This means you have attended some lectures and practical classes, worked through some of the site notes pages, or studied an embryology textbook. I would still suggest caution when approaching historic material, be sure that you understand the current embryology theories. General observations of how long development takes and the appearance of the human and animal models embryos at different times will not have changed!

Historic images are generally more accurate than some of the accompanying notes pages where the images appear. Some of the labeled structures may have historic names that have been updated or changed in current descriptions, if in doubt use the Glossary. You may also note how many of the textbook images have been based upon some of these historic drawing.

Advanced students

You have a good understanding of embryology and development concepts.

This means that you not only understand, but can also explain clearly to others key developmental concepts. This also implies you understand the differences between recent findings, current controversies and research directions. Now is the time to confidently look back through the historic materials.

These historic materials will provide a context of how we arrived at our current understanding. Importantly, note the date on the page and consider what scientific techniques were available at that time and concurrent discoveries in biology and science.

How will I know that I am an advanced student? You should be able to identify concepts that remain and are applied today as well as those which have been updated or proved to be incorrect. Please also feel free to contact me with mistakes you have identified on this educational site.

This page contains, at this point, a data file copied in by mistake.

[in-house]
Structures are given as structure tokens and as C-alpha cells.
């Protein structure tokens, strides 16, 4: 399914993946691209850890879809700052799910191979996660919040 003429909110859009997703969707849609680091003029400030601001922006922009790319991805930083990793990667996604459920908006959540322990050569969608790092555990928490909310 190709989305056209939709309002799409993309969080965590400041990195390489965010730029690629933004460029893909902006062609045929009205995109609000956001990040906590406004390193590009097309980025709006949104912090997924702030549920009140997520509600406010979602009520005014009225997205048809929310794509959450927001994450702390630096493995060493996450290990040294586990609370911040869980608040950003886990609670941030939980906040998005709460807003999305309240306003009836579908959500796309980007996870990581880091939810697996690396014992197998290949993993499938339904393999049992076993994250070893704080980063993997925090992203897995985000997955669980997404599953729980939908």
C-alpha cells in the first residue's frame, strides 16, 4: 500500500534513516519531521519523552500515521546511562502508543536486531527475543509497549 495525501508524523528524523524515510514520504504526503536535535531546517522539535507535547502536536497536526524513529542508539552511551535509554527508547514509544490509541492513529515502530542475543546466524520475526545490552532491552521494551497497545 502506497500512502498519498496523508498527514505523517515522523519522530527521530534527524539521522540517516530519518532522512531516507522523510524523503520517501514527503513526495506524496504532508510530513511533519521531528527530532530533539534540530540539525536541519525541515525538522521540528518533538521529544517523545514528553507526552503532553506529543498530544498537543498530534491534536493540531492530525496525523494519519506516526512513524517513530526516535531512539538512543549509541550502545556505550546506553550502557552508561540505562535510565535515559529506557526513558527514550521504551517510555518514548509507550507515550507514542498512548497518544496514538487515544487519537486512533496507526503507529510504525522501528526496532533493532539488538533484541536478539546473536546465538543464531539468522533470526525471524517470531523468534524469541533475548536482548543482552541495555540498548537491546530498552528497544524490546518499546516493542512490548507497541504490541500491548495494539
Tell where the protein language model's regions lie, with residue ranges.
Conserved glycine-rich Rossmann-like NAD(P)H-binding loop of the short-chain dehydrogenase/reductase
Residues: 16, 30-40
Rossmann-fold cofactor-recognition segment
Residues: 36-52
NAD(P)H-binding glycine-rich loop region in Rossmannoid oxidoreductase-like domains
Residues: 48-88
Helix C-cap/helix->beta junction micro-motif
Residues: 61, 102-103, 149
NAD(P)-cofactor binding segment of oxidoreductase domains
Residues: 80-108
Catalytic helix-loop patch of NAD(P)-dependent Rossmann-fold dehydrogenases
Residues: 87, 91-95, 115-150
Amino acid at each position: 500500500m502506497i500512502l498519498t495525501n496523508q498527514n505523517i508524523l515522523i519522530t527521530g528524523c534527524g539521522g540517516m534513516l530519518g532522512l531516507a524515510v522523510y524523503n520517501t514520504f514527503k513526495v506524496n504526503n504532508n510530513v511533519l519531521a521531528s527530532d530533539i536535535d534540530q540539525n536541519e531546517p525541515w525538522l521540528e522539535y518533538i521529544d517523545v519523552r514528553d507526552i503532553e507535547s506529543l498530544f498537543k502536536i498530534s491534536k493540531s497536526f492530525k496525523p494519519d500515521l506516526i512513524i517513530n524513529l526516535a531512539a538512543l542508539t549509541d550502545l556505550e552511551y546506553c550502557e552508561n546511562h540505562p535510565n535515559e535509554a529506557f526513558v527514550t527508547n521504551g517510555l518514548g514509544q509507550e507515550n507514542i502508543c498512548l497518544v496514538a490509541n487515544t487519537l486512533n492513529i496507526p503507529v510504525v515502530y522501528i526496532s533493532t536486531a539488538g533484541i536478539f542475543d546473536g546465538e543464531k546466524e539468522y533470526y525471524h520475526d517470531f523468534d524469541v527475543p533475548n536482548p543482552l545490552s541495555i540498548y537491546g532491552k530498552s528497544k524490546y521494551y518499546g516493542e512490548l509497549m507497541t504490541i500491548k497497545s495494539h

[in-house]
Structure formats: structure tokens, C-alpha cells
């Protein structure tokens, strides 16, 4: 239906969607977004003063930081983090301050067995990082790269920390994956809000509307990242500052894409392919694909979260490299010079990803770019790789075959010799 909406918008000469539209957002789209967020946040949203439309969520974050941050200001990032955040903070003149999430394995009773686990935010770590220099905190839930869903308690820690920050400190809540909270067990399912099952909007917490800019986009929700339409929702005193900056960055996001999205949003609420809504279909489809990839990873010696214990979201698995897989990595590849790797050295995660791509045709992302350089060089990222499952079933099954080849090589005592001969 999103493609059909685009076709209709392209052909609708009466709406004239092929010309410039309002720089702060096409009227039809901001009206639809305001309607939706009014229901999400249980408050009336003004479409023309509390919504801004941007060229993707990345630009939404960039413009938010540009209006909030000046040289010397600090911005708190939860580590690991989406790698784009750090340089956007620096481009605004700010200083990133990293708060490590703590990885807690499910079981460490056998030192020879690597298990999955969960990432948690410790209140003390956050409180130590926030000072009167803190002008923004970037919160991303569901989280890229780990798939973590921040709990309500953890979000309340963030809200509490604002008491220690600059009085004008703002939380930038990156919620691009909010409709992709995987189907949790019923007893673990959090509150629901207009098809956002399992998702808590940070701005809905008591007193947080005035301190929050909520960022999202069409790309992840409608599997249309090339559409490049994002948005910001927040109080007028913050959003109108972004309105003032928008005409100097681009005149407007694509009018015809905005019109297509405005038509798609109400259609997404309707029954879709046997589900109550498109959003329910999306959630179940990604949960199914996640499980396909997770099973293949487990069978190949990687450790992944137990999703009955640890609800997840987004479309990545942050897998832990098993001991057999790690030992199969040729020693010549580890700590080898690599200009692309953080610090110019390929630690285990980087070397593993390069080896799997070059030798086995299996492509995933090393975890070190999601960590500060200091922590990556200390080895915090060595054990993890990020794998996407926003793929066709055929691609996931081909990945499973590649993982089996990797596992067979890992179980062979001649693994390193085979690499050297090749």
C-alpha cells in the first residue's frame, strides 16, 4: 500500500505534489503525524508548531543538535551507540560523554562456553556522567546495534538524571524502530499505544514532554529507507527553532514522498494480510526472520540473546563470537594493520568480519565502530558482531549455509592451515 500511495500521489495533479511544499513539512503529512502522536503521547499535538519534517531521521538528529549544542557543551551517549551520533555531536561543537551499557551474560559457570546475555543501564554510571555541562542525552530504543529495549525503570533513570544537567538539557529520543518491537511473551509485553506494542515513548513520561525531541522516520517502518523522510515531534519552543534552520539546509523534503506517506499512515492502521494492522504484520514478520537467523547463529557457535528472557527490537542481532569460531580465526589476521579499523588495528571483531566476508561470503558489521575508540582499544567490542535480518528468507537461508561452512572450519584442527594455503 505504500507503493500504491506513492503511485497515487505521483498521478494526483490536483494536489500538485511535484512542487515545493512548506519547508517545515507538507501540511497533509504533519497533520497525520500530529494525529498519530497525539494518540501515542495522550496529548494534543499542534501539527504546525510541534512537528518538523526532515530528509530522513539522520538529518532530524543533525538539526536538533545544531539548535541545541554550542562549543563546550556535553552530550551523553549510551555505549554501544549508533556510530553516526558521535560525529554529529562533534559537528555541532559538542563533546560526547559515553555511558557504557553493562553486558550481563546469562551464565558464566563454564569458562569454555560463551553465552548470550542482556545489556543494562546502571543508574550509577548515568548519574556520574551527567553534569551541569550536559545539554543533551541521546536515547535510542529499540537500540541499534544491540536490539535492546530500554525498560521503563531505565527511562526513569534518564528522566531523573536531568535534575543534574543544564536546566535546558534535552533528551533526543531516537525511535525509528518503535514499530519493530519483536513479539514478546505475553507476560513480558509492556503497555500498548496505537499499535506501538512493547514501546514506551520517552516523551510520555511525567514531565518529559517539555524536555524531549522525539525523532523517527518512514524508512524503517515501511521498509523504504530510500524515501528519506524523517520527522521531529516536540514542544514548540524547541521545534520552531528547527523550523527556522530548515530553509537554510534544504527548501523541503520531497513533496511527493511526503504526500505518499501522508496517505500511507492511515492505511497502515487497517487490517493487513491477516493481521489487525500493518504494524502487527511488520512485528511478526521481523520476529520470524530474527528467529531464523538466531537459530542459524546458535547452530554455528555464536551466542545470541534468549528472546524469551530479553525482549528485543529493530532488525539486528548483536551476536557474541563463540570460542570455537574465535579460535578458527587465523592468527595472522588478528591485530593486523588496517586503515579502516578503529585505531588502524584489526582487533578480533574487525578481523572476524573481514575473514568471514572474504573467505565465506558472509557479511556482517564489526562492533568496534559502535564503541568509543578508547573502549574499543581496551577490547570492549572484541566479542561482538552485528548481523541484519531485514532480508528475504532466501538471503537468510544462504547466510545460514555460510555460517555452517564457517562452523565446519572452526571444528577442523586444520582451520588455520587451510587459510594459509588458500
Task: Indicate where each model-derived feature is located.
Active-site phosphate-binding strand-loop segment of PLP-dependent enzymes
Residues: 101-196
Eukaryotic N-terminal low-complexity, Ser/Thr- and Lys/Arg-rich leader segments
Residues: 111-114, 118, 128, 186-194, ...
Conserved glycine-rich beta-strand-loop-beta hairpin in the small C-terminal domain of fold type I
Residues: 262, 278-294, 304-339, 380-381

Historic Paper Links: 13-14 Somites | 22 Somites | 23 Somites | 25 Somites | 27 Somites | Mall Human Embryo Collection | Embryology History | Carnegie stage 11 | Carnegie stage 12 | Journal of Anatomy | Embryonic Development | Category:Historic Embryology

Embryology History: 1700-1799 | 1800-1899 | 1900-1909 | 1910-1919 | 1920-1929 | 1930-1939 | 1940-1949 | 1950-1959 | 1960-1969 | 1970-1979 | 1980-1989 | Historic Papers | Embryologists


Links: Category:1800's









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Links: Category:1910's












Links: Category:1920's












Links: Category:1930's












Links: Category:1940's








  1. Down JLH. Observations on an ethnic classification of idiots. (1866) London Hospital Reports, 3:259-262.


H Alexandre A history of mammalian embryological research. Int. J. Dev. Biol.: 2001, 45(3);457-67 PubMed 11417885

A C Spradling The Carnegie Institution of Washington, Department of Embryology. Mol. Med.: 1997, 3(7);417-9 PubMed 9260153

V Hamburger Introduction: Johannes Holtfreter, pioneer in experimental embryology. Dev. Dyn.: 1996, 205(3);214-6 PubMed 8850558

H Steinbeisser The impact of Spemann's concepts on molecular embryology. Int. J. Dev. Biol.: 1996, 40(1);63-8 PubMed 8735912

A Noe Serial sections and human embryology: a new research initiative. Comput Med Imaging Graph: 1996, 20(6);415-22 PubMed 9007209